I am thoroughly enjoying my gardens this summer -- seeing the vibrant colors of the flowers, being able to kneel down on the Earth and care for the plants, and simply relaxing to read or meditate outside, lying down on a small folding cot that was taking up space in the basement.
The cardinal flowers are now in full bloom, with their brilliant red blossoms that are even redder than a cardinal with wings. The richness of their color is totally mesmerizing. And the snakeroot, with their long stalks of white flowers, up to 8' tall, add contrasting color and height to the garden. The day lilies are just about finished blooming; the roses are starting their second crop of blossoms; the phlox are in full bloom -- whites, pinks, reds, purples, pinks with red centers, and purples with white centers. The black-eyed susans (yellow rudbeckia) are so numerous that they add cheerful color all over the yard, and the sweet peas continue to open their flowers, surprising me with occasional white blooms amongst the pink.
Last summer this time, I was just learning to walk again, and I rarely made it outside into the garden. With a collapsed spine, there was little strength in my back bones and muscles, and each day I would walk with the walker around the inside of the house. My daughter measured with a tape measure the circuit of the downstairs -- the distance from my recliner to the hall to the bathroom to the kitchen, the dining room, and then back to my chair in the living room. Over all, a distance of 65 feet, which meant that to go 1 mile I would walk 81 loops around the downstairs.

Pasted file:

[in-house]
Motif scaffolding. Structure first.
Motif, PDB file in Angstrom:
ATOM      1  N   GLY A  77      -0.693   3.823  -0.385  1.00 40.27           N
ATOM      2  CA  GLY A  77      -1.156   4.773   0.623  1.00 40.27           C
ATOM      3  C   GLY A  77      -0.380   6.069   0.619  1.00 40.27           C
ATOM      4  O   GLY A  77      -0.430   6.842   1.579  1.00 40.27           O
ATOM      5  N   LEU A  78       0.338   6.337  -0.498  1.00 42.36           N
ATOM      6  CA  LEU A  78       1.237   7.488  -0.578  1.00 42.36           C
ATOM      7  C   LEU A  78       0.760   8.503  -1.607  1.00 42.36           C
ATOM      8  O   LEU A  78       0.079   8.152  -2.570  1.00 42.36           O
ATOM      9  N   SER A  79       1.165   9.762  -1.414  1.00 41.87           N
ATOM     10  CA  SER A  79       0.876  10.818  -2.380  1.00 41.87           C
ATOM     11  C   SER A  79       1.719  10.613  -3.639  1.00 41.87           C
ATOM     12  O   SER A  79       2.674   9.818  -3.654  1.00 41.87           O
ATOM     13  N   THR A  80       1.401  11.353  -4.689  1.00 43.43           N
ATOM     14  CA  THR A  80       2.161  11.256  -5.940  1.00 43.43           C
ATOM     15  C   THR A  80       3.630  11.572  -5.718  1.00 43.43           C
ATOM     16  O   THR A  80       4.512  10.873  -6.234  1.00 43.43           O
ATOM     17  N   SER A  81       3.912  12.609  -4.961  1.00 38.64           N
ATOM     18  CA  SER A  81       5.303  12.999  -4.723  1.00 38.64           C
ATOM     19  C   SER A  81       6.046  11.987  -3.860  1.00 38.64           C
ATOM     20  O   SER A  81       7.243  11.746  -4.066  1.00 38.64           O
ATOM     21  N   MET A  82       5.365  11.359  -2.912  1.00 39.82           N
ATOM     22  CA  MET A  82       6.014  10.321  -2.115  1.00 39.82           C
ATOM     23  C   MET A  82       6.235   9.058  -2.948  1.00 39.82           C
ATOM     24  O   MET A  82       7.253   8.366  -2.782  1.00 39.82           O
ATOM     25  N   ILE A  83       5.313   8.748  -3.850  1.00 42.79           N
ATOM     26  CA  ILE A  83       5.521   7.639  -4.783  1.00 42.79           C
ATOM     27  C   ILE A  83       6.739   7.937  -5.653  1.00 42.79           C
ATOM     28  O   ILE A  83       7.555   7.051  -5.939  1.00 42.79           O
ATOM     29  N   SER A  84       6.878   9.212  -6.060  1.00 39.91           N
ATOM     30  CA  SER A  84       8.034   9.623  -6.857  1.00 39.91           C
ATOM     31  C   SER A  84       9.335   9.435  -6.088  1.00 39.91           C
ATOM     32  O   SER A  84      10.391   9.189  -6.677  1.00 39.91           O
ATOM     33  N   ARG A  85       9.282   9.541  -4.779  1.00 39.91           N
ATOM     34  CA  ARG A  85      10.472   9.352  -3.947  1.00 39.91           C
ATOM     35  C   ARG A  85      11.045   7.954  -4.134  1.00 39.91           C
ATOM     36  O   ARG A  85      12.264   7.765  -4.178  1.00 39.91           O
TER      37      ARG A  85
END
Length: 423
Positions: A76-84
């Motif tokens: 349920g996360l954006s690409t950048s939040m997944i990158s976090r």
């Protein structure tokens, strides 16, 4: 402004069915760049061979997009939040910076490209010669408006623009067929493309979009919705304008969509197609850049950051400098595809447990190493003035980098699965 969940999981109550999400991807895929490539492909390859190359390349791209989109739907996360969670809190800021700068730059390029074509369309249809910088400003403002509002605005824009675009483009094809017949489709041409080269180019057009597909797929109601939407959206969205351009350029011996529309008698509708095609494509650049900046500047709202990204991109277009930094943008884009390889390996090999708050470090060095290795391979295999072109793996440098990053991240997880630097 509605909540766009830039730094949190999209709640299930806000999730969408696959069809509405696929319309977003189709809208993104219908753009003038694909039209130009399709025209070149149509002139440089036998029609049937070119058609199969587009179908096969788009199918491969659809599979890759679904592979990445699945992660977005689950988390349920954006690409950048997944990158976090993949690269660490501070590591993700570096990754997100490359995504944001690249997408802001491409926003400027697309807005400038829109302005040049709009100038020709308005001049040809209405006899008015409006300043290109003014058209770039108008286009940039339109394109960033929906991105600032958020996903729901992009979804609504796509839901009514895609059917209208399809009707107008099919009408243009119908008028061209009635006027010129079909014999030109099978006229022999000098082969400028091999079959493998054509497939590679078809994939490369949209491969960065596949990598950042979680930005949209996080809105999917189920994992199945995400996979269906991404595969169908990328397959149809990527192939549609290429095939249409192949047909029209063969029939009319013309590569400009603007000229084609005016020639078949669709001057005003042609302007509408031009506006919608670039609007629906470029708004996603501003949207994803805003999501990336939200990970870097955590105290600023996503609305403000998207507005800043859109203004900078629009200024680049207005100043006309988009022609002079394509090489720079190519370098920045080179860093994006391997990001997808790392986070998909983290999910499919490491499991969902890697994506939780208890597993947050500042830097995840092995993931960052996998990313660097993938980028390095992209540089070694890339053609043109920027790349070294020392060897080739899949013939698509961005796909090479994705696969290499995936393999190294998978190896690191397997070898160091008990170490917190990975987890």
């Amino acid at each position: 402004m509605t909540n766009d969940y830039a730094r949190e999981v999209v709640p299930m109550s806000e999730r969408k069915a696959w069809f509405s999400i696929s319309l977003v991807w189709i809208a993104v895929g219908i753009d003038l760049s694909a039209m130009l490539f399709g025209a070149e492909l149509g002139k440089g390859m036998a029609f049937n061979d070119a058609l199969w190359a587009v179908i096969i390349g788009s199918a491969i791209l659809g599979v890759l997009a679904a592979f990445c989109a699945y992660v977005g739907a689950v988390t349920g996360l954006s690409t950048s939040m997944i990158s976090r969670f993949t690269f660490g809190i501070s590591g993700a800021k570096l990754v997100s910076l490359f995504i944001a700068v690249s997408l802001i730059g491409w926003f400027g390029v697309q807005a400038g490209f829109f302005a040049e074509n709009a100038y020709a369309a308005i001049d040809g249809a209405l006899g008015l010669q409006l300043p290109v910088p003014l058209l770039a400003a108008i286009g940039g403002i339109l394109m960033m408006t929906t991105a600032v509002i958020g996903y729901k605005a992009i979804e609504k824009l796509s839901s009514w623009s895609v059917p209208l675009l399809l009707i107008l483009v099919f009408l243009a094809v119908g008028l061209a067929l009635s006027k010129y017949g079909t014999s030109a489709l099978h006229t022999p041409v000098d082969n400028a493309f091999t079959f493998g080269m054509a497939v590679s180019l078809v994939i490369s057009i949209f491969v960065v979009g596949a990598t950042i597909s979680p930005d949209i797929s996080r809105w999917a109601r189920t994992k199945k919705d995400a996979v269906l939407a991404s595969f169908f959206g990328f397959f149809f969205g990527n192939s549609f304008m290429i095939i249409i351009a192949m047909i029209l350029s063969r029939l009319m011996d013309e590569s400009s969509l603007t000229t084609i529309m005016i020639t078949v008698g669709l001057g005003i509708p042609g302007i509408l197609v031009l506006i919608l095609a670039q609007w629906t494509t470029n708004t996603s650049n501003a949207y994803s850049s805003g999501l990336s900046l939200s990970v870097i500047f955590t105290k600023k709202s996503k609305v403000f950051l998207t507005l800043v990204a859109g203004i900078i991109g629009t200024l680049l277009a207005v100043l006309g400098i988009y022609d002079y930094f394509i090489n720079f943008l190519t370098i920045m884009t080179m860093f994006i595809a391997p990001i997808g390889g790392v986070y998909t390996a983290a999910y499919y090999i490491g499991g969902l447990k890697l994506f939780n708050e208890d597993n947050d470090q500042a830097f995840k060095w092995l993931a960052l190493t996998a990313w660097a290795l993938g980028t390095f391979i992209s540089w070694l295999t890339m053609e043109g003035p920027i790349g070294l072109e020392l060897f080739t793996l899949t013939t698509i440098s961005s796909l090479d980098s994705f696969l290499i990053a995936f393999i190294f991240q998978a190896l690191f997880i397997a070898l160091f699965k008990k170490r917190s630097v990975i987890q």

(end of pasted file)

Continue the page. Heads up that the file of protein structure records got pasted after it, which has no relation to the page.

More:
I remember when the visiting nurse came to the house in early August last summer to check out the set-up for me -- asking me to show here where the bathroom was, where I would sleep, making sure that there were no rugs for me to trip on, and watching me move. As I walked with the walker to the bathroom, she said to me "You're walking this slowly to be careful, right?" And I remember answering, "No, actually this is the fastest I can walk."
So I began walking loops by the 5's and 10's. I tried in those first few weeks of August last summer to walk at least 1/2 mile per day, or 40 loops. As I got stronger, some days I would walk 40 loops in the morning, and another 40 in the evening. And sometimes I would lose count. The actual number of loops was not important -- what was important to me was that I was feeling stronger and getting stronger day by day.
After all, I had an important goal -- my daughter was getting married at the end of August last summer, and I wanted to help walk her down the aisle, and also to dance at her wedding. So I HAD to get stronger. And I learned that having a goal and working toward that goal, no matter how challenging, contributes enormously to healing.
And last summer and all last year I had no doubt that I would regain my strength and the full use of my body, but I had no idea how long it would take. And I still don't know how long it will take, even 1 year later. But I am blessed to be happy and healthy, and I am grateful to be alive. And I am willing to do what it takes. Especially when it includes being able to spend time in my gardens.